As the new global era of megaprojects has arrived, upgrading the capabilities necessary to manage an increasingly costly, complex, and diverse set of infrastructure projects has become recognized as a priority in public management. To put the growth of traditional infrastructure spending in perspective, between 2011 and 2013, China used more cement than the United States did in the entire 20th century. However, infrastructure projects are not just getting more costly, they are becoming more complex with the proliferation of large-scale Information Technology (IT) acquisitions. The need to develop effective project management strategies is critical to avoid the consequences of the “Iron Law of Megaprojects: Over budget, over time, under benefits, over and over again” (Flyvbjerg, 2017).
The purpose of this article is to explain how Earned Value Management (EVM), a practice with an extensive history of application in the U.S. federal government, can serve as an effective management and budgeting tool for state and local governments. EVM is a project management strategy that provides an integrated solution for establishing project milestones, generating timely measures of cost and schedule performance, and analyzing results. The potential benefits of EVM application include early warning of cost overruns and schedule delays, opportunity for corrective action and mitigation of risk, and more consistently delivering “on time and on budget”. The U.S. Department of Defense (DoD) imported EVM from private industry in the 1960s to more effectively control and manage major acquisitions. Since then, EVM has become a required management and budgeting tool for U.S. federal agencies and evolved to be an internationally recognized best practice in project management.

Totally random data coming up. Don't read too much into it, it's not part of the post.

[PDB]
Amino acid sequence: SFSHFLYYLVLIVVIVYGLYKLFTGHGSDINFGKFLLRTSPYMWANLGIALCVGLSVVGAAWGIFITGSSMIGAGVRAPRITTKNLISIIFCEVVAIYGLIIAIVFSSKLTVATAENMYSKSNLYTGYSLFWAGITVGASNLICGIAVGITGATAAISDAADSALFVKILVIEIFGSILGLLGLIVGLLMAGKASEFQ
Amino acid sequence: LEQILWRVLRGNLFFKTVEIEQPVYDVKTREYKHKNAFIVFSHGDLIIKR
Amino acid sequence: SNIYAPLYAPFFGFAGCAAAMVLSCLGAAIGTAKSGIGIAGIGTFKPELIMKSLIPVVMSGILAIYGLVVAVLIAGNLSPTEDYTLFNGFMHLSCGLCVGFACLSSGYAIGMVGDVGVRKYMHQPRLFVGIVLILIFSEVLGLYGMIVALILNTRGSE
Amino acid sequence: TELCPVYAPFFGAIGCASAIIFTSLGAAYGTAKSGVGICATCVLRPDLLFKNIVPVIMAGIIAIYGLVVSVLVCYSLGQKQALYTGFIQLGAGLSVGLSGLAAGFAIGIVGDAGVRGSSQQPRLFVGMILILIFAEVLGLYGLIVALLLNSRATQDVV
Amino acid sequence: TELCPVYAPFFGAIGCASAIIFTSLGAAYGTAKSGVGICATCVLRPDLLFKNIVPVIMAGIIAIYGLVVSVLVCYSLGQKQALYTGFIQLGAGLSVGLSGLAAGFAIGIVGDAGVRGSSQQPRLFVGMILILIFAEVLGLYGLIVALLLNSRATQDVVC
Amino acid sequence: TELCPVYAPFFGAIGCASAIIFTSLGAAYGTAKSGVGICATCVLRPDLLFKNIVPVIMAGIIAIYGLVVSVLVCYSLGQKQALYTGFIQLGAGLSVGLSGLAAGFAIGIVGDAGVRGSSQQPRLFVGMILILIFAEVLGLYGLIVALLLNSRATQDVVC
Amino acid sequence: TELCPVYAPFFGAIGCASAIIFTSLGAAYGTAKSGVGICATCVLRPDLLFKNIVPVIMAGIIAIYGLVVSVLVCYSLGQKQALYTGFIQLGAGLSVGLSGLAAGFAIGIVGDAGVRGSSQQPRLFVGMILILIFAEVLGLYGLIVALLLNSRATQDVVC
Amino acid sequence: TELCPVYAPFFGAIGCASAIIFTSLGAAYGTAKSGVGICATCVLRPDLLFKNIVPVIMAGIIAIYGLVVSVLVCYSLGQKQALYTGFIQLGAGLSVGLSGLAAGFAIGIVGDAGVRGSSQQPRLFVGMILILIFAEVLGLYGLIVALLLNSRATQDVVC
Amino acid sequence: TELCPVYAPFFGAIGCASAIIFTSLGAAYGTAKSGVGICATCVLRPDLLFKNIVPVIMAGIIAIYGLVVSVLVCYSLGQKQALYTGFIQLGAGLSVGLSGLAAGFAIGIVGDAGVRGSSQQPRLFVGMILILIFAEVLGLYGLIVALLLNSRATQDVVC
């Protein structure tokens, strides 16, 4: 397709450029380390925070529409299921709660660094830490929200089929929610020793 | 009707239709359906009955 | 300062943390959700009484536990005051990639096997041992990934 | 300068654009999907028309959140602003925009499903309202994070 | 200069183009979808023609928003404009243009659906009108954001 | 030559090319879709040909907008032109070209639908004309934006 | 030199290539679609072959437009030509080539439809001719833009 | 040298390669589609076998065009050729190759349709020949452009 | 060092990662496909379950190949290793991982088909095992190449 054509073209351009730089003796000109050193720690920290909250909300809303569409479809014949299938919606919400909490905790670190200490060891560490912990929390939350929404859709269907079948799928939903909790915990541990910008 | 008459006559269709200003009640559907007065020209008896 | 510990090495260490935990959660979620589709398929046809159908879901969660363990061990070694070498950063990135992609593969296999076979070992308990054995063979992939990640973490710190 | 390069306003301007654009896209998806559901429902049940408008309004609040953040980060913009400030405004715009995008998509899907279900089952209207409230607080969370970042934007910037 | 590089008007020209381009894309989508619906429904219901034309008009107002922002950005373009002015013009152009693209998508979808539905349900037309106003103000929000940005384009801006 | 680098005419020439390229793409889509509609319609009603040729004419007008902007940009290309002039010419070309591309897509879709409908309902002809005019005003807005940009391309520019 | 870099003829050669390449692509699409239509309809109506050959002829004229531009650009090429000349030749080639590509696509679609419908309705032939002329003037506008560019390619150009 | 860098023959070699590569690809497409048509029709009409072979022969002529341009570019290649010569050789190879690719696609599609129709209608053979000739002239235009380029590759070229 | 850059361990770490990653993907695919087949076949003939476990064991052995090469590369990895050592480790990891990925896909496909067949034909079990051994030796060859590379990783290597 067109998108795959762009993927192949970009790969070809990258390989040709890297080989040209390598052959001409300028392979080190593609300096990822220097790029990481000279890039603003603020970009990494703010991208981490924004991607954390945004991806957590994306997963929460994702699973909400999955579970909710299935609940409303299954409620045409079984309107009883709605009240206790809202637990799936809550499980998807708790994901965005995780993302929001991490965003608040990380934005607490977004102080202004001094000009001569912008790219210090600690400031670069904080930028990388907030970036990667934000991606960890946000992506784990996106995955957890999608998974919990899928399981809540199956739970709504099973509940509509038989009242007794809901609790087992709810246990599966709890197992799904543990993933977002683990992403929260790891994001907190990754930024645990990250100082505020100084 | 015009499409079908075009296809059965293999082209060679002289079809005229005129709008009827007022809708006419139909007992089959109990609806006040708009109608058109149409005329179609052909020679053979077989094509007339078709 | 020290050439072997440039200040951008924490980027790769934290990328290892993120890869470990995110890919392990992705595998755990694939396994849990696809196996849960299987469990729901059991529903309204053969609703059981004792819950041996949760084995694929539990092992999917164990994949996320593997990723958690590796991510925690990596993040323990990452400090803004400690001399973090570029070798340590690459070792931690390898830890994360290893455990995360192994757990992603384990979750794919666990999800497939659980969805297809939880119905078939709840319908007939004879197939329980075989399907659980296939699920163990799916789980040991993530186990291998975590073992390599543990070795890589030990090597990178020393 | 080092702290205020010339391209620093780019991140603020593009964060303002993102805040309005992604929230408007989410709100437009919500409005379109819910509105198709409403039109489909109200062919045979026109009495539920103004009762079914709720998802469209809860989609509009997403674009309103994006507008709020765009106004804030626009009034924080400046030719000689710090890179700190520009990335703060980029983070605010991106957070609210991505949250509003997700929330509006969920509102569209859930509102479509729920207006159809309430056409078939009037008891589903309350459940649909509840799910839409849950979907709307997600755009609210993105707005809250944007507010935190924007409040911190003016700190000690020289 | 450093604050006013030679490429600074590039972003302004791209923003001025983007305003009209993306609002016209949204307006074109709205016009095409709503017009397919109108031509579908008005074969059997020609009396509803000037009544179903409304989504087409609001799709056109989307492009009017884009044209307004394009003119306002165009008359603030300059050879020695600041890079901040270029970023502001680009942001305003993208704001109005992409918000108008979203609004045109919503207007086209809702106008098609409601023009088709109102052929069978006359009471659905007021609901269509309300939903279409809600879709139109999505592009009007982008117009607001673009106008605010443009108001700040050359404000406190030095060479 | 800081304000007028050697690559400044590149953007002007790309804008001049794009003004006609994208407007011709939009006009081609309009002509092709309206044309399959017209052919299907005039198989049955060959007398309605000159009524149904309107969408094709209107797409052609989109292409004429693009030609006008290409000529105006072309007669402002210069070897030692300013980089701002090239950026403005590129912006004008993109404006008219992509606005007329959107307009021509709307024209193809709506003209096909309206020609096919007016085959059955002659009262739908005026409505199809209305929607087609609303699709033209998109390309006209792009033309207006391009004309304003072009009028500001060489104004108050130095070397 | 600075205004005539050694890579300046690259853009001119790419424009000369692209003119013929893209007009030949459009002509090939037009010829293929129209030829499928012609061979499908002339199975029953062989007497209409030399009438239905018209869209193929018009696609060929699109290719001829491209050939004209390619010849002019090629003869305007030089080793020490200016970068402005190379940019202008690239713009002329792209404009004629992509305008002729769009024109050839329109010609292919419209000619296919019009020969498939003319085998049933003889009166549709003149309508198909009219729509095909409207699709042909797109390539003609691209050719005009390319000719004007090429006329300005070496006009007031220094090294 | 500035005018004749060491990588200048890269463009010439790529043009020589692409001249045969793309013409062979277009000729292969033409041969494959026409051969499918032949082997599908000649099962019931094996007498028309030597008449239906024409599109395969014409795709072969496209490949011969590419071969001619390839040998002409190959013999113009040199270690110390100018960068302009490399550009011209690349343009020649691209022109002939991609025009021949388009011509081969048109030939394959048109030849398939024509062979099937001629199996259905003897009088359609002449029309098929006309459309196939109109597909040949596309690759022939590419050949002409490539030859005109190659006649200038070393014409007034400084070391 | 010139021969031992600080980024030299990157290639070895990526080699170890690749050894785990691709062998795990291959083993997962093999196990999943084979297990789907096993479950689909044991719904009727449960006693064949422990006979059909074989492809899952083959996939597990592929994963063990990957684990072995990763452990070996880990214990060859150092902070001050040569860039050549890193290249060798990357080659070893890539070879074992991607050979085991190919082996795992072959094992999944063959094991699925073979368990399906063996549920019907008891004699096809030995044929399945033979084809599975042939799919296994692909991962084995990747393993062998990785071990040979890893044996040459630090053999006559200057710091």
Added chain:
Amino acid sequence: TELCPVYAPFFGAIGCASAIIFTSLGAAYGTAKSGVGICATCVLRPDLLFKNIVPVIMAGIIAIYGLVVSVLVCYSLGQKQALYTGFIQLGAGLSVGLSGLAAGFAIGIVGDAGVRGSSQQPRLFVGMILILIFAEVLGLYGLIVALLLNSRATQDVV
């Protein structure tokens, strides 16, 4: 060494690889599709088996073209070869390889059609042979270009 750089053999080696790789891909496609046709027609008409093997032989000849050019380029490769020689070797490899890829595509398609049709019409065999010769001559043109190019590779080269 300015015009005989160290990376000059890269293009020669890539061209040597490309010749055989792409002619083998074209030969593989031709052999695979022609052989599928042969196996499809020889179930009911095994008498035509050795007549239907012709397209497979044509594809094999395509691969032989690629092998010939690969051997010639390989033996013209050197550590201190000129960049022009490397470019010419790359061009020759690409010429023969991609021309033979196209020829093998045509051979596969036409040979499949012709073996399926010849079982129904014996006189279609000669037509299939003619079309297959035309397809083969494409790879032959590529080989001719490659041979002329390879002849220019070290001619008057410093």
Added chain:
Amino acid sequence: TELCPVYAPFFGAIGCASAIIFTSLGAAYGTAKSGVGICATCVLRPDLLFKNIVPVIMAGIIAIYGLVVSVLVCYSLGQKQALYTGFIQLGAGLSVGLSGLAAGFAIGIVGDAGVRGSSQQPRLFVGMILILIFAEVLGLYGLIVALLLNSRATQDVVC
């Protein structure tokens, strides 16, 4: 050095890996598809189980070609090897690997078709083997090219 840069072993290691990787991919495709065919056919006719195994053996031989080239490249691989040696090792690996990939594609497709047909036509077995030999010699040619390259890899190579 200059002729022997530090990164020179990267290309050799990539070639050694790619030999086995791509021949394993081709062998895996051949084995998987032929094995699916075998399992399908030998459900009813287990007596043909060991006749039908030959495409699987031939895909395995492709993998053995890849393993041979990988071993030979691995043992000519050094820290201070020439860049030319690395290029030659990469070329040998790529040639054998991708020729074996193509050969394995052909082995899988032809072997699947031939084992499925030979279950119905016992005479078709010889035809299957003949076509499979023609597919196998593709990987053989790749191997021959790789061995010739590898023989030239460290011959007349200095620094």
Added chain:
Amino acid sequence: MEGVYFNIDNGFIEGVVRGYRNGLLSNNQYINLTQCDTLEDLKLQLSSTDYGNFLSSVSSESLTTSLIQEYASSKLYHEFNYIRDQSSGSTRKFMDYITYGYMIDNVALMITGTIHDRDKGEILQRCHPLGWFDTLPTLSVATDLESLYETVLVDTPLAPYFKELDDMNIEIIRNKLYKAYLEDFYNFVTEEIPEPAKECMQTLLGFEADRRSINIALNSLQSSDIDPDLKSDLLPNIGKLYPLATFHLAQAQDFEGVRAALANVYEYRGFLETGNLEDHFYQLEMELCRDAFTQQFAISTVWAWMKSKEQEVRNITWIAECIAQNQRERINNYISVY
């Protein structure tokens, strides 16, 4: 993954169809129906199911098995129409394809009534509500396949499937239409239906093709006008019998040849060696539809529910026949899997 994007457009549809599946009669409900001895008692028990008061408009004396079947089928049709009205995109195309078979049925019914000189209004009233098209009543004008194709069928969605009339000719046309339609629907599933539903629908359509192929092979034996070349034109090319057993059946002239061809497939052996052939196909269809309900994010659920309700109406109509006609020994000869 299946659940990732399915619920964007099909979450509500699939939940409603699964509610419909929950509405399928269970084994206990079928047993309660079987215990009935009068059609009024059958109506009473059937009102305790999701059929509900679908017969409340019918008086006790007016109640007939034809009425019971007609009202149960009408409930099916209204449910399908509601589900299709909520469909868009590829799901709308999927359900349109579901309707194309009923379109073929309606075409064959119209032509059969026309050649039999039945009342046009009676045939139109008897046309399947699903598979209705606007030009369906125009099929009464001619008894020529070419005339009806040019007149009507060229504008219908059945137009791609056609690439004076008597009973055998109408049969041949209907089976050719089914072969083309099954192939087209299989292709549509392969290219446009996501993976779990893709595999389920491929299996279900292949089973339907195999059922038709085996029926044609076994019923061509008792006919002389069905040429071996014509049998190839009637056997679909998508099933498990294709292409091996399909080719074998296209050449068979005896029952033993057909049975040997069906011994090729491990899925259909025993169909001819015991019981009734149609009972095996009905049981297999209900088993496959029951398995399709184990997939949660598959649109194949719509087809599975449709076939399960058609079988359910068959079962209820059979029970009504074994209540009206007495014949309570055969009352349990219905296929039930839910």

In my doctoral program at the University of Georgia, I am writing a dissertation about EVM in U.S. state governments that provides original research on EVM use, contributions to project management, and factors critical to effective implementation. So far, I have surveyed statewide project management offices that are responsible for large-scale IT acquisitions and conducted interviews with several experts. Early results indicate that EVM is used for large-scale IT acquisitions in the states, but that it is not implemented as consistently as it is in the federal government. The majority of states have indicated that EVM provides early warning of cost overruns and schedule delays, helps realize performance objectives, and facilitates corrective action. However, experts have indicated that several factors are decisive in realizing these benefits, such as adopting EVM industry standards, tailoring practices to align with project risk, conducting independent reviews of performance baselines, providing training programs, and linking corrective action plans to EVM indicators.
Local governments can use EVM for a variety of infrastructure projects, such as water and sewer, transportation, and construction of major facilities. To get started, industry standards should be adopted, such as those issued by the Project Management Institute. However, it is critical to note that EVM is not a one-size fits all strategy and requires disciplined project management. Therefore, practices should be tailored according to project size, risk, and complexity and implemented by trained or certified project managers.